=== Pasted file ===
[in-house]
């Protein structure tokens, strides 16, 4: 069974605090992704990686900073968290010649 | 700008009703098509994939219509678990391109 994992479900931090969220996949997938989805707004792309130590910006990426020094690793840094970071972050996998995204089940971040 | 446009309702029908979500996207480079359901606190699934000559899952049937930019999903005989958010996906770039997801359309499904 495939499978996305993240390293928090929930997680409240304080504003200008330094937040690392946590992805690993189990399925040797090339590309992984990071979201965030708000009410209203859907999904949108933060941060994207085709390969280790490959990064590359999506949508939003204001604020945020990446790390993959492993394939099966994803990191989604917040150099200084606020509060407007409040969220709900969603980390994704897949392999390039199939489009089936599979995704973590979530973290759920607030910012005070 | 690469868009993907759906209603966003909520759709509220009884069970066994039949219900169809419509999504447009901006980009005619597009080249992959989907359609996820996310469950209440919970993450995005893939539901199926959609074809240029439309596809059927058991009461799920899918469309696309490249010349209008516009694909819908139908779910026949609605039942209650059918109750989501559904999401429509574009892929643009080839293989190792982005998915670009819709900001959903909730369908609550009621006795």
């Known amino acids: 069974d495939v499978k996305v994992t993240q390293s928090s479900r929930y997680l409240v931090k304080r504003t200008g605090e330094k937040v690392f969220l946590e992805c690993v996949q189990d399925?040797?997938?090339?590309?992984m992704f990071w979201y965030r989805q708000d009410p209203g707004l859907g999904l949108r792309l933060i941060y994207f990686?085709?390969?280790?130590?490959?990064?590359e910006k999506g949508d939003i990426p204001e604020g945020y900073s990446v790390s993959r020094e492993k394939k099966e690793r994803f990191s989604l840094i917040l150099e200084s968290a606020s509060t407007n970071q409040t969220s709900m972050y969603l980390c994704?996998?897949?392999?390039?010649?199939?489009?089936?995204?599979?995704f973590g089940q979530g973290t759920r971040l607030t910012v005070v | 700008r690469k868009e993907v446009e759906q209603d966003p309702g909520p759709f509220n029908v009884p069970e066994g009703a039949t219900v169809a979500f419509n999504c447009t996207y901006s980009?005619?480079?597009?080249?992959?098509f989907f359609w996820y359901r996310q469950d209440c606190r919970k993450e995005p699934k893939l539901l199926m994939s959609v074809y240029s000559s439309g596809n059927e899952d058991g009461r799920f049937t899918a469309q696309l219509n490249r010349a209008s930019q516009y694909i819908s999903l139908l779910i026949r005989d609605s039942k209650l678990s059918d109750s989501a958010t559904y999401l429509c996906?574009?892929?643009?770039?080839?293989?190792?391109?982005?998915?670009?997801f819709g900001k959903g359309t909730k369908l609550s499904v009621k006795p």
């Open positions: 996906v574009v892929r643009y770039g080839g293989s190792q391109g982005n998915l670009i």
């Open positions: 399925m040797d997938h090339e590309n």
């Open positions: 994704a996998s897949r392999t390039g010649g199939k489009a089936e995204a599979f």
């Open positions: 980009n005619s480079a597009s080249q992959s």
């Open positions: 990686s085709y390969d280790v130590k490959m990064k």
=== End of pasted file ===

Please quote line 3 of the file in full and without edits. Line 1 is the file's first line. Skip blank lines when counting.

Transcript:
């Known amino acids: 069974d495939v499978k996305v994992t993240q390293s928090s479900r929930y997680l409240v931090k304080r504003t200008g605090e330094k937040v690392f969220l946590e992805c690993v996949q189990d399925?040797?997938?090339?590309?992984m992704f990071w979201y965030r989805q708000d009410p209203g707004l859907g999904l949108r792309l933060i941060y994207f990686?085709?390969?280790?130590?490959?990064?590359e910006k999506g949508d939003i990426p204001e604020g945020y900073s990446v790390s993959r020094e492993k394939k099966e690793r994803f990191s989604l840094i917040l150099e200084s968290a606020s509060t407007n970071q409040t969220s709900m972050y969603l980390c994704?996998?897949?392999?390039?010649?199939?489009?089936?995204?599979?995704f973590g089940q979530g973290t759920r971040l607030t910012v005070v | 700008r690469k868009e993907v446009e759906q209603d966003p309702g909520p759709f509220n029908v009884p069970e066994g009703a039949t219900v169809a979500f419509n999504c447009t996207y901006s980009?005619?480079?597009?080249?992959?098509f989907f359609w996820y359901r996310q469950d209440c606190r919970k993450e995005p699934k893939l539901l199926m994939s959609v074809y240029s000559s439309g596809n059927e899952d058991g009461r799920f049937t899918a469309q696309l219509n490249r010349a209008s930019q516009y694909i819908s999903l139908l779910i026949r005989d609605s039942k209650l678990s059918d109750s989501a958010t559904y999401l429509c996906?574009?892929?643009?770039?080839?293989?190792?391109?982005?998915?670009?997801f819709g900001k959903g359309t909730k369908l609550s499904v009621k006795p």